There have been many accounts in press discourse recently arguing that horror cinema is undergoing a renaissance, or resurgence, of sorts. Do you agree with claims that we are witnessing a new ‘golden age’ of horror cinema?
Well, I am co-organiser of Fear 2000 (with Sheffield Hallam University colleagues Rose Butler and Shelley O'Brien), which is an annual conference series dedicated to horror media in the twenty-first century – so I certainly think we're in a particularly interesting period for horror films, and there's a lot to say about their continued relevance, popularity and significance.
I'm a particular fan of a group of American filmmakers that either made or are currently making their names producing independent horror movies: Ti West, Glenn McQuaid, Adam Wingard and Simon Barrett, E.L. Katz, Jim Mickle and Nick Damici, Ted Geoghegan, Joe Begos, Mickey Keating, Ana Asensio. These are all writers and directors (and writer-directors) that have some connection to Larry Fessenden, a writer, director, producer and actor who deserves to be more widely studied and who has been involved – in one way or another – in some of the most astonishing horror films made since the turn of the millennium (in fact, several of them have made films produced or co-produced by Glass Eye Pix, Fessenden's production company). So I think American horror is alive and well, and I'm also an avid follower of contemporary British, Canadian and Australasian genre cinema.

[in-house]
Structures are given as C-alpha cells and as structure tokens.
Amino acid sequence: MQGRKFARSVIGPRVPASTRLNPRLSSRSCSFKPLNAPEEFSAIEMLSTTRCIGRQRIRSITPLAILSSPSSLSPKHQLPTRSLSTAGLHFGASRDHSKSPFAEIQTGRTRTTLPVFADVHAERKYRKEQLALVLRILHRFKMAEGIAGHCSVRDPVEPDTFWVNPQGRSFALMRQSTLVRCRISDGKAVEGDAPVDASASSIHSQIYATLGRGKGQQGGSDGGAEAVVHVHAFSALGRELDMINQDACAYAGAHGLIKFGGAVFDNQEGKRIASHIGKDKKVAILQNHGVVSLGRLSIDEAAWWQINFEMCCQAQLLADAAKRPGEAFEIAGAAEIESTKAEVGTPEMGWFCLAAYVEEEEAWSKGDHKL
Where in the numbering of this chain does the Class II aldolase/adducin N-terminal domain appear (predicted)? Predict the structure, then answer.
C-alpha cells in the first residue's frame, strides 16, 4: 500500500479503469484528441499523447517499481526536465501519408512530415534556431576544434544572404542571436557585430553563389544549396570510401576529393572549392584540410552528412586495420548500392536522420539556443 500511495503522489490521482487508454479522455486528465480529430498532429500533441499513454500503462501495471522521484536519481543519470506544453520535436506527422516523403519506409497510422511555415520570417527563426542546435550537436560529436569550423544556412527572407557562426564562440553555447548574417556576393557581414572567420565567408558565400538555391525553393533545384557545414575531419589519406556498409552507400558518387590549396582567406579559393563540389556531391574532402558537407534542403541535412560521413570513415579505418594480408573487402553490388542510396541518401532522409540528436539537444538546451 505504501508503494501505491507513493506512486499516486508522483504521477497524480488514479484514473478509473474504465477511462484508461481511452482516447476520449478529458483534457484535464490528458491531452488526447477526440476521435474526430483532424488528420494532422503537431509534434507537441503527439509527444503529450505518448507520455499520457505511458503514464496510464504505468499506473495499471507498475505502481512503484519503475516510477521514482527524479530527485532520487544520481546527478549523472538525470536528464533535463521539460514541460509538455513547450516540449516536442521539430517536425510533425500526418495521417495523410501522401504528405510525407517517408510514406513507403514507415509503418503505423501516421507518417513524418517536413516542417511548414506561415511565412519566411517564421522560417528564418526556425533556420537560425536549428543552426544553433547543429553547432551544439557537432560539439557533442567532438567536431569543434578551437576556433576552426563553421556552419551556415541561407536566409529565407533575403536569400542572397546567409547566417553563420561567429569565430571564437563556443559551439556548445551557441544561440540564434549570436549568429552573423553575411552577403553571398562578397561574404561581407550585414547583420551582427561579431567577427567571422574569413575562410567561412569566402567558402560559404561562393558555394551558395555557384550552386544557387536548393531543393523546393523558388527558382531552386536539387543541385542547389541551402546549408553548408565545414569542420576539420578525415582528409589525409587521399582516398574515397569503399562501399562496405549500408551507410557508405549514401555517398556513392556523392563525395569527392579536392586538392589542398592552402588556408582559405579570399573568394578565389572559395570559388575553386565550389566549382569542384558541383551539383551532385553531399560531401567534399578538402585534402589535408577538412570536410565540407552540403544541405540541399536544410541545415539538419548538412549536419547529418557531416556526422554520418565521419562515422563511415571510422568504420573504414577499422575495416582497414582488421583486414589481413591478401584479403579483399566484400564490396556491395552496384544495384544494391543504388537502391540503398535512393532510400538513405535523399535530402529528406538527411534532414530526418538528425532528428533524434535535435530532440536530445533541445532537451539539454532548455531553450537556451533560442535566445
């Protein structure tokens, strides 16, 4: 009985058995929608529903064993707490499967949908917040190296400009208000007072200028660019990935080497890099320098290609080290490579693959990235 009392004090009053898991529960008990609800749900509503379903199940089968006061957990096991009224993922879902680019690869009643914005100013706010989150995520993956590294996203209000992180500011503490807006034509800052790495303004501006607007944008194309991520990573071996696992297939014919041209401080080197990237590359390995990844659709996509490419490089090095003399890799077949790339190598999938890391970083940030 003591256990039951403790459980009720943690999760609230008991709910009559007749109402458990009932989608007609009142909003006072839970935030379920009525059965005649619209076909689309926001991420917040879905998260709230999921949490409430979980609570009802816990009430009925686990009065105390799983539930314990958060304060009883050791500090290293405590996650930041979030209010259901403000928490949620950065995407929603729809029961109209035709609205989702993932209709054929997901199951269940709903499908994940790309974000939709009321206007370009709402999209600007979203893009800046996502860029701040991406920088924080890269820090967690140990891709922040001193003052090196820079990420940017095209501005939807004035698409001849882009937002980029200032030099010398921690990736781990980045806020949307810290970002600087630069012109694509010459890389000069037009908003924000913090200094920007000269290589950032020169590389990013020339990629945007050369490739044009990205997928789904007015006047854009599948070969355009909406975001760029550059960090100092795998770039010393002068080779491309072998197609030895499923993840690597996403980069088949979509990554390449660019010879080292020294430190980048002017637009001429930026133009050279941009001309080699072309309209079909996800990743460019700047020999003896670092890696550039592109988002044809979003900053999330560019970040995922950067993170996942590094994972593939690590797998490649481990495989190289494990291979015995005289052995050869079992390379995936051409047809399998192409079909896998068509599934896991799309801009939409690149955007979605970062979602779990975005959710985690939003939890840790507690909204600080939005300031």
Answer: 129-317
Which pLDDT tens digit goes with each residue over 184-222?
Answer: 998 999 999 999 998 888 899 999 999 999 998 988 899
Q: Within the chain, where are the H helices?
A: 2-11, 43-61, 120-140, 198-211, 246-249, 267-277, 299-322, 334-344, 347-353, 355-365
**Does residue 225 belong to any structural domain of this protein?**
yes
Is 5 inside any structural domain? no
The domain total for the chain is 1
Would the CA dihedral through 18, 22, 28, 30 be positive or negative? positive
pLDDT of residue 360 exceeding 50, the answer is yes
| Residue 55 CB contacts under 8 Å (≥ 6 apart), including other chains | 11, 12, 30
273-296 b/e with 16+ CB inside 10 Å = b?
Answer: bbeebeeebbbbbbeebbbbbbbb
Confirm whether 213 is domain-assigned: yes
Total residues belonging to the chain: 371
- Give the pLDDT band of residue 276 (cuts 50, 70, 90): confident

And I would agree – with a couple of extreme caveats – that there is some truth to the idea that we are witnessing a "golden age" of horror, but not for the reasons often cited in the popular press. It isn't a matter of quality for me, which seems to be how this debate is most frequently framed. I think we have seen horror resurge in large part because of new opportunities that make it easier for great movies to find a platform. The increasing inclusion and appreciation of horror films on the festival circuit has come to play a huge part in this over the last few decades, as has the increasing number of dedicated regional genre film festivals – such as Sheffield's Celluloid Screams or Nottingham's Mayhem – and boutique home-video distributors. And we're also starting to see the benefit of streaming services like Netflix, Amazon Prime and Shudder as an alternative distribution and exhibition network.
Horror films are finding an audience like never before through these new avenues, which in turn has enabled companies like Blumhouse and A24 to find success selling horror films through the more traditional theatrical routes. So there's a sense that horror cinema is not necessarily getting "better" as such, but that more people are able to see and engage with it. It is certainly a popular and mainstream genre at the moment in a way it hasn't been since the 1980s.